Complaints about hospitals aren’t public until they’re investigated by the state and result in a formal plan to fix problems, a process that can take months.
Complaints about doctors are private until they’re disciplined or fined by the state Department of Licensing and Regulatory Affairs.
The Centers for Medicare & Medicaid Services collects data on infections and complications and shares it with state governments.
CMS rates hospitals on a 10-point scale based on their performance in reducing hospital-acquired conditions such as infections. The higher the number, the worse the performance, with facilities receiving a 6.75 or higher losing 1 percent of their Medicare funding.
Some states share the raw data used to compile the rankings. In Michigan, the information is used to produce reports about infection trends but the names of hospitals — and even their locations — are kept private. Only researchers have access to the information, which is used to monitor outbreaks, said Jennifer Eisner, a spokeswoman for the state Department of Health and Human Services.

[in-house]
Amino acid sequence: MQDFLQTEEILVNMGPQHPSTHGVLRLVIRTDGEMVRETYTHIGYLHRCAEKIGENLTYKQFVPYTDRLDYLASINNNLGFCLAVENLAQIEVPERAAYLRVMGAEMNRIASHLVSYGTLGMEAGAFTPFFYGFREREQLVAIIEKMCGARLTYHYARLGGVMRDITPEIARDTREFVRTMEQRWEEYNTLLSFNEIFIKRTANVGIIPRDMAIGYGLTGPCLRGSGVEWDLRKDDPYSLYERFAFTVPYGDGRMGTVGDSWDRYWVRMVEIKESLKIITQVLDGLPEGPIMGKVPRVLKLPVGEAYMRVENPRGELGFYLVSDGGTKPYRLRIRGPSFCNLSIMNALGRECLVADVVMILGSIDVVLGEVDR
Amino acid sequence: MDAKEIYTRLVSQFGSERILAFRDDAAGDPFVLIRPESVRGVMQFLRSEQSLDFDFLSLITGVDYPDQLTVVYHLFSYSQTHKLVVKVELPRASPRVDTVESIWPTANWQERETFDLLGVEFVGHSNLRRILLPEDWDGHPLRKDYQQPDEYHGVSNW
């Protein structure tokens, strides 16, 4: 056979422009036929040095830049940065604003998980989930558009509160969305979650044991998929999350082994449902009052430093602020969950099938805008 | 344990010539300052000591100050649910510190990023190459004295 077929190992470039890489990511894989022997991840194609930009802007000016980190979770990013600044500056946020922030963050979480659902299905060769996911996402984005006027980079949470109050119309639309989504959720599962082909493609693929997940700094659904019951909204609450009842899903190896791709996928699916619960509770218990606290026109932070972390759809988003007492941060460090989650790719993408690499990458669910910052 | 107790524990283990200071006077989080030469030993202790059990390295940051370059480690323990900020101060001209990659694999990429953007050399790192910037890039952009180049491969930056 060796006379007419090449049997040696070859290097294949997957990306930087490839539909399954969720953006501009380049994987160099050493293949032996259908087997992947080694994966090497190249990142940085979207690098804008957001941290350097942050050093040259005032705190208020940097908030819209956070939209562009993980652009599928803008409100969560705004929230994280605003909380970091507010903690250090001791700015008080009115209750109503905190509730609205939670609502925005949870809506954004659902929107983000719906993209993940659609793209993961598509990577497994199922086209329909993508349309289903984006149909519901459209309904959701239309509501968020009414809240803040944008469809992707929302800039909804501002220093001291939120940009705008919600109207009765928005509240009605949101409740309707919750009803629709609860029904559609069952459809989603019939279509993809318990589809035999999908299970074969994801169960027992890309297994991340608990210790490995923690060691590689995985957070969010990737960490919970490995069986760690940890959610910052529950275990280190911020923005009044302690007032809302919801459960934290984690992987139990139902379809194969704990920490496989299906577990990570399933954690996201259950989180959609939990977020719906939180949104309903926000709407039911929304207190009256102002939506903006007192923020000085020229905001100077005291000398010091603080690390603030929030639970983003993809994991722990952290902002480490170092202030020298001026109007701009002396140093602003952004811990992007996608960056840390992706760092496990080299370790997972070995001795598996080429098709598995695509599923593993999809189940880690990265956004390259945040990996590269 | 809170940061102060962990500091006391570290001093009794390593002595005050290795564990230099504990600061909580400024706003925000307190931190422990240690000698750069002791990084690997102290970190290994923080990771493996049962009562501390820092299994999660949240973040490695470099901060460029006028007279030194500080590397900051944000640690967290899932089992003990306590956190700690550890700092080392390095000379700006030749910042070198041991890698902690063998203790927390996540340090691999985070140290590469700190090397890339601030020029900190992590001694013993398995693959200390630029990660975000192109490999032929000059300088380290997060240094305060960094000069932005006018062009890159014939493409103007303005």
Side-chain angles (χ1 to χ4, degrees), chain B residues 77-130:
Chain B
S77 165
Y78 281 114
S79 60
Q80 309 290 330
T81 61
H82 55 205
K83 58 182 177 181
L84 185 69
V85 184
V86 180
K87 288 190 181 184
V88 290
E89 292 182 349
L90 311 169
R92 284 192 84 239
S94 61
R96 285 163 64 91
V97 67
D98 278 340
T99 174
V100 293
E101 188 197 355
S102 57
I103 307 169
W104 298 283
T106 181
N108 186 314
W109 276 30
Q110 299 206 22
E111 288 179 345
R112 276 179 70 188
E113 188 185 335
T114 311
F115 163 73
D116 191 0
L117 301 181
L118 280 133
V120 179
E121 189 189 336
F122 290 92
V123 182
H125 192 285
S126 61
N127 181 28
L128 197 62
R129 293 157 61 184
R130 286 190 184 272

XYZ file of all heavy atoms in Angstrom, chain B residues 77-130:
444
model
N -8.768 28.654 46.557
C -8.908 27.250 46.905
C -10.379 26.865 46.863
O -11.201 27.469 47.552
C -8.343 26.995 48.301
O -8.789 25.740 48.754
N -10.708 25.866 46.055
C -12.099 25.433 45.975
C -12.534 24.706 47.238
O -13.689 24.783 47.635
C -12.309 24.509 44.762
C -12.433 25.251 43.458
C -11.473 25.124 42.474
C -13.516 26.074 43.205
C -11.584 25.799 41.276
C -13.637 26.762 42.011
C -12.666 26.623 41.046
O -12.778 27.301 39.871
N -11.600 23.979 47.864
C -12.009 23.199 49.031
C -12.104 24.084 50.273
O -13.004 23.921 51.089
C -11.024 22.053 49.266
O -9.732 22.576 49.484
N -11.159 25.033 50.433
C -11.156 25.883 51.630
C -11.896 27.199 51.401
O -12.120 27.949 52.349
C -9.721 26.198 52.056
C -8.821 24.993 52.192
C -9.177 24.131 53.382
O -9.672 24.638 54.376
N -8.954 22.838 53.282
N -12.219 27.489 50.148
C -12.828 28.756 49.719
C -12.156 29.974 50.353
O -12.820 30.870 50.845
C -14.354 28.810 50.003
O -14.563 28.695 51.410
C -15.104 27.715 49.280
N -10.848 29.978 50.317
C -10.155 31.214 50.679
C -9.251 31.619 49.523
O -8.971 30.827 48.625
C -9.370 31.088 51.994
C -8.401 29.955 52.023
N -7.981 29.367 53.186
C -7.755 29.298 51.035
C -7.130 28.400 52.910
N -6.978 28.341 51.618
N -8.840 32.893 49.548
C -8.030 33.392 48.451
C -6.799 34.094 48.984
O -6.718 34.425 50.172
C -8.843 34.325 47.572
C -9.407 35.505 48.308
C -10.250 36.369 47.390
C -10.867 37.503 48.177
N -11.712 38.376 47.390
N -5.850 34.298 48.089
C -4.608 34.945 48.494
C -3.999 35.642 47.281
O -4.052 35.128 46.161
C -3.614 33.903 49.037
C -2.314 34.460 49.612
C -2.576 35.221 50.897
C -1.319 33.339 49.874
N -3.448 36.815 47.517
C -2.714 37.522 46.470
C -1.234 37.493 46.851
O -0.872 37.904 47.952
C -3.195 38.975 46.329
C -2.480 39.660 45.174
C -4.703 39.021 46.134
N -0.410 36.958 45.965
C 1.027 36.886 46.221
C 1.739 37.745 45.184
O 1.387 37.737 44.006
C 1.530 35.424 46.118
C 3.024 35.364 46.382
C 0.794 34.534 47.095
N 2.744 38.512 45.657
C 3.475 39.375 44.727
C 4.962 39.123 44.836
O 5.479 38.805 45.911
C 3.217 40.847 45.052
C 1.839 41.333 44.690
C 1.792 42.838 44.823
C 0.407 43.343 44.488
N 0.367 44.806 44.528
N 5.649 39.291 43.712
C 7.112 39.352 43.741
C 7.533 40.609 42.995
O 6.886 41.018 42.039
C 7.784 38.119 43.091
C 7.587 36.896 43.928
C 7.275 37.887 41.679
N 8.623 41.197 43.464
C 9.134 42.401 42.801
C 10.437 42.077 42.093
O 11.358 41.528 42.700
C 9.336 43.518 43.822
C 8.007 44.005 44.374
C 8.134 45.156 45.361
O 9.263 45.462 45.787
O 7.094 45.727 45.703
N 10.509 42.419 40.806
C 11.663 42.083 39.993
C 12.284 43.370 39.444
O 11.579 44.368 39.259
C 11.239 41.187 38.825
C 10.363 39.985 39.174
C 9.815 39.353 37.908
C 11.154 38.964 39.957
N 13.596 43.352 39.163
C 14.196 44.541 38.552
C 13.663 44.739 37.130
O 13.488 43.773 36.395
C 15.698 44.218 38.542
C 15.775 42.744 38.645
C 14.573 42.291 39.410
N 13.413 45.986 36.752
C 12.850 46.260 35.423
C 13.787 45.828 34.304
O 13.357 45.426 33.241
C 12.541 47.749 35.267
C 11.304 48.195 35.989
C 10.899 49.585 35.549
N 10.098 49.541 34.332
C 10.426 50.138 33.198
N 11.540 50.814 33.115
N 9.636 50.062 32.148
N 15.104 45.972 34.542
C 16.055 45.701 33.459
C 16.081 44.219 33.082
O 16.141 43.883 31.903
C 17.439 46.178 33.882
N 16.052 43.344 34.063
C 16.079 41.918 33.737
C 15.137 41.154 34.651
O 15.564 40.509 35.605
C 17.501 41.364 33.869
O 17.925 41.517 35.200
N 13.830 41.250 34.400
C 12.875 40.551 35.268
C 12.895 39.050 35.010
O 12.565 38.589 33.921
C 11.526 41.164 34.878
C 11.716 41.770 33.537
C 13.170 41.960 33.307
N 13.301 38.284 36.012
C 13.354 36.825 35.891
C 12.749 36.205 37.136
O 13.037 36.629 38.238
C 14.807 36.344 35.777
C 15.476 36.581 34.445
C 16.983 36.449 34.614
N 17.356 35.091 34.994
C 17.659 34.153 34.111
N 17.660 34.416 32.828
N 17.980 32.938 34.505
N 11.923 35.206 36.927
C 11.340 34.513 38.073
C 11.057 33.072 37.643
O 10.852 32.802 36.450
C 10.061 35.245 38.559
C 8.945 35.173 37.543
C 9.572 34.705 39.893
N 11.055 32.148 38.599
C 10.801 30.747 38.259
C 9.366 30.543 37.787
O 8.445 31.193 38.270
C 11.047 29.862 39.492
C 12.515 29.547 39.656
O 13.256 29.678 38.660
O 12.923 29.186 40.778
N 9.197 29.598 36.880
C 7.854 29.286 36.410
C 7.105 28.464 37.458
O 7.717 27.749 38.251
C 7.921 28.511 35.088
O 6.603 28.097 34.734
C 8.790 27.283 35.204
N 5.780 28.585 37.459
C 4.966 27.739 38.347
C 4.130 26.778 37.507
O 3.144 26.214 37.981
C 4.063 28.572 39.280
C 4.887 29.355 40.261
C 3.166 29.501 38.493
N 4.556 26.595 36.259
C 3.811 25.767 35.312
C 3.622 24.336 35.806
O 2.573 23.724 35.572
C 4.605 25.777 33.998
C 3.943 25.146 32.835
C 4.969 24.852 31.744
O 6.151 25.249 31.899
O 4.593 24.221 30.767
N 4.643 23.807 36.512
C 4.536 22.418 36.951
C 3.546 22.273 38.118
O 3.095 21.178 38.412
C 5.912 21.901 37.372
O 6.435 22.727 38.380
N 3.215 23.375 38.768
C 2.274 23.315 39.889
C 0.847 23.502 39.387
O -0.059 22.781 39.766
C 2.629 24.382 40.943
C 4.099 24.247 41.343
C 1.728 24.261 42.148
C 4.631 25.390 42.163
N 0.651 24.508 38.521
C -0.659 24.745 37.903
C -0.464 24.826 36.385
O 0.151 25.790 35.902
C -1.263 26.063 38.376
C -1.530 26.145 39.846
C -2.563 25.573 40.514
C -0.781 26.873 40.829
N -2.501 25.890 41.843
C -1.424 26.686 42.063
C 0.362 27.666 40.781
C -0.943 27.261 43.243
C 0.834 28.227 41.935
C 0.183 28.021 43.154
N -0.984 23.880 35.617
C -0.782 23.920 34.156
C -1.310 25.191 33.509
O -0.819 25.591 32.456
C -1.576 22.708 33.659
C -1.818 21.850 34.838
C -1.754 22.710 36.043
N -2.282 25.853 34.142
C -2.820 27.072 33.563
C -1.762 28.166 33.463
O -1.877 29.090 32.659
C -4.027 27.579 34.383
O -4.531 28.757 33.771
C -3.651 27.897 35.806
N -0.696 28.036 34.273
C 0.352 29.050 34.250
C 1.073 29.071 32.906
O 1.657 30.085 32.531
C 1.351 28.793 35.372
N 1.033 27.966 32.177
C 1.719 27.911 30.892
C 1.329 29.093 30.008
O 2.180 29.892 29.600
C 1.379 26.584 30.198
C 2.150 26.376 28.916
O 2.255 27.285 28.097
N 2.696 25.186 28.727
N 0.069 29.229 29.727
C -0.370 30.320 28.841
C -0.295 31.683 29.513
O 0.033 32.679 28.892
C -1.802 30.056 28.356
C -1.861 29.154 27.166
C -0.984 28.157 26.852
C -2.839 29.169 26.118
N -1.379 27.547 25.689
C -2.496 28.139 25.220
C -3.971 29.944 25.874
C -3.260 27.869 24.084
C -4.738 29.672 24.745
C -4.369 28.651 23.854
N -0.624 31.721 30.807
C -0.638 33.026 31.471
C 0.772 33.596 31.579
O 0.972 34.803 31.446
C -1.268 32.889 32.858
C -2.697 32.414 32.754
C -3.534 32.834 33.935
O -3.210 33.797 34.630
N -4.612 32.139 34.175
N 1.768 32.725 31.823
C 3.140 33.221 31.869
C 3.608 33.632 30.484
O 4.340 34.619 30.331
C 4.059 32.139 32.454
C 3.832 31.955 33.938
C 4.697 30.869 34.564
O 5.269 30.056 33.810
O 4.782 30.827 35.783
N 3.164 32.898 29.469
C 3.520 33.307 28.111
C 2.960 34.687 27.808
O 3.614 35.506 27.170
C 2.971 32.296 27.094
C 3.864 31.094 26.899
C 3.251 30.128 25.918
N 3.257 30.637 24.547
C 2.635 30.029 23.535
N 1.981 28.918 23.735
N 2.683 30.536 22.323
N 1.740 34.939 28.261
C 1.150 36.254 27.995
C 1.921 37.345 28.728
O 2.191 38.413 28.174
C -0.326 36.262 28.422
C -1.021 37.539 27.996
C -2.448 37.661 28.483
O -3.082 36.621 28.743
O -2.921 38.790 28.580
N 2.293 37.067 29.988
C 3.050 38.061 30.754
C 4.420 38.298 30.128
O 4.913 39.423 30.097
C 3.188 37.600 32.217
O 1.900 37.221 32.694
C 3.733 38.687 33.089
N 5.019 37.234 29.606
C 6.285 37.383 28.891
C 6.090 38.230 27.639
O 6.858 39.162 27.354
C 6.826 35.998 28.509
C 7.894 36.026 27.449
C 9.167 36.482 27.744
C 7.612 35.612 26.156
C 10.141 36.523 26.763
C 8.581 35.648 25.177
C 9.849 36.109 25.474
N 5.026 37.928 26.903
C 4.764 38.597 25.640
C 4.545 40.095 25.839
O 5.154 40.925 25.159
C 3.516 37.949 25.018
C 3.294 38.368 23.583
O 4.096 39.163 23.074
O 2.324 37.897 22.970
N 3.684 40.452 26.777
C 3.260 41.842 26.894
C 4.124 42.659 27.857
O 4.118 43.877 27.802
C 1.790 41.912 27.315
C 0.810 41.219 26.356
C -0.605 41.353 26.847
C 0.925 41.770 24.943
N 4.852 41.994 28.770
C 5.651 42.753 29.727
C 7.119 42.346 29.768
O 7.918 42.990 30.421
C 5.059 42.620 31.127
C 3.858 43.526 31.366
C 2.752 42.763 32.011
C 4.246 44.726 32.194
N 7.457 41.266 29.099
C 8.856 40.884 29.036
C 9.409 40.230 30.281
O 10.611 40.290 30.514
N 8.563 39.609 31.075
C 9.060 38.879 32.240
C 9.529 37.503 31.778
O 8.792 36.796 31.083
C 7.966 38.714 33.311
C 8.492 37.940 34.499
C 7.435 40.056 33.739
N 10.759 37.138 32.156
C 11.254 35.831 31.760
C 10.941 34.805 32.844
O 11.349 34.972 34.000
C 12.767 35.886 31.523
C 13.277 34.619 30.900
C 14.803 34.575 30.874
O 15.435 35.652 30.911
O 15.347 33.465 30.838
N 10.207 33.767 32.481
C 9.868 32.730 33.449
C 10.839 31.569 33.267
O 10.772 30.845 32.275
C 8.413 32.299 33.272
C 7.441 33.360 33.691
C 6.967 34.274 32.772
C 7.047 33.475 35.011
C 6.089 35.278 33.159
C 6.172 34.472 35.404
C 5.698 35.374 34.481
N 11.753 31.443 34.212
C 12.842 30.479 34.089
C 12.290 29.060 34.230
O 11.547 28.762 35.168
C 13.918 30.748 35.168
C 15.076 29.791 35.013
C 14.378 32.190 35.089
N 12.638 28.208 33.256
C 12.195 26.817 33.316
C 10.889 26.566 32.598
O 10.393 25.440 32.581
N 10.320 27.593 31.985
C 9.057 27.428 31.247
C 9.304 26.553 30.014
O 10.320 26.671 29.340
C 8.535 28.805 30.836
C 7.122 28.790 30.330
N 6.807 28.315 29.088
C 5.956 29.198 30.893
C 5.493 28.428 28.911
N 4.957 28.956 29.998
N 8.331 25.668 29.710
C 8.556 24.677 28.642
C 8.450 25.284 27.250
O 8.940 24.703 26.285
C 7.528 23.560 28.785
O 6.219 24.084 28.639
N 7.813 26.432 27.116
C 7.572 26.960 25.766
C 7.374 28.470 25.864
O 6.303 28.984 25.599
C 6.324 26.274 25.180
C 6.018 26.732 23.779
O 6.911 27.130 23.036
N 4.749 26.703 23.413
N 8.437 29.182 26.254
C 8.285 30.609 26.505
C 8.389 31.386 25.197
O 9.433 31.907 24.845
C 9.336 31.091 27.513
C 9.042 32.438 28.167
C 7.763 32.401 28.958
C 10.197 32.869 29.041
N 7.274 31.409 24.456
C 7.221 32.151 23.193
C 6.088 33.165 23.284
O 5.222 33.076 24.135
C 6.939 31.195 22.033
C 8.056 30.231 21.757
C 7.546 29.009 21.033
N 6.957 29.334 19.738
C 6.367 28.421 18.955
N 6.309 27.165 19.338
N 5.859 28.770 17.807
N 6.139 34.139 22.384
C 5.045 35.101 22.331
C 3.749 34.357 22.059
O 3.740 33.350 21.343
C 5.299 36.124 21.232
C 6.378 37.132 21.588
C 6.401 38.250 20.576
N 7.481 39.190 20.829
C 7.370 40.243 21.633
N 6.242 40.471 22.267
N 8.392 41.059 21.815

Fear of lawsuits has prompted healthcare to err on the side of privacy, said deBronkart and Mobley.
“If a plane were to crash due to mechanical problems, would it be right to withhold from the public the name of the airline or manufacturer of the jet because they might get sued?” Mobley asked. “Why should health care be any different?”
There’s no legal requirement in Michigan that doctors inform patients of mistakes, but doing so has worked wonders for the University of Michigan Health System, said Mafrice.
Ten years ago, the Ann Arbor-based system encouraged doctors to voluntarily disclose their mistakes to patients and apologize. Malpractice claims and lawsuits declined dramatically.
“Most people don’t want to become lawsuit defendants,” Mafrice said. “They just want to know what happened and be treated with respect.”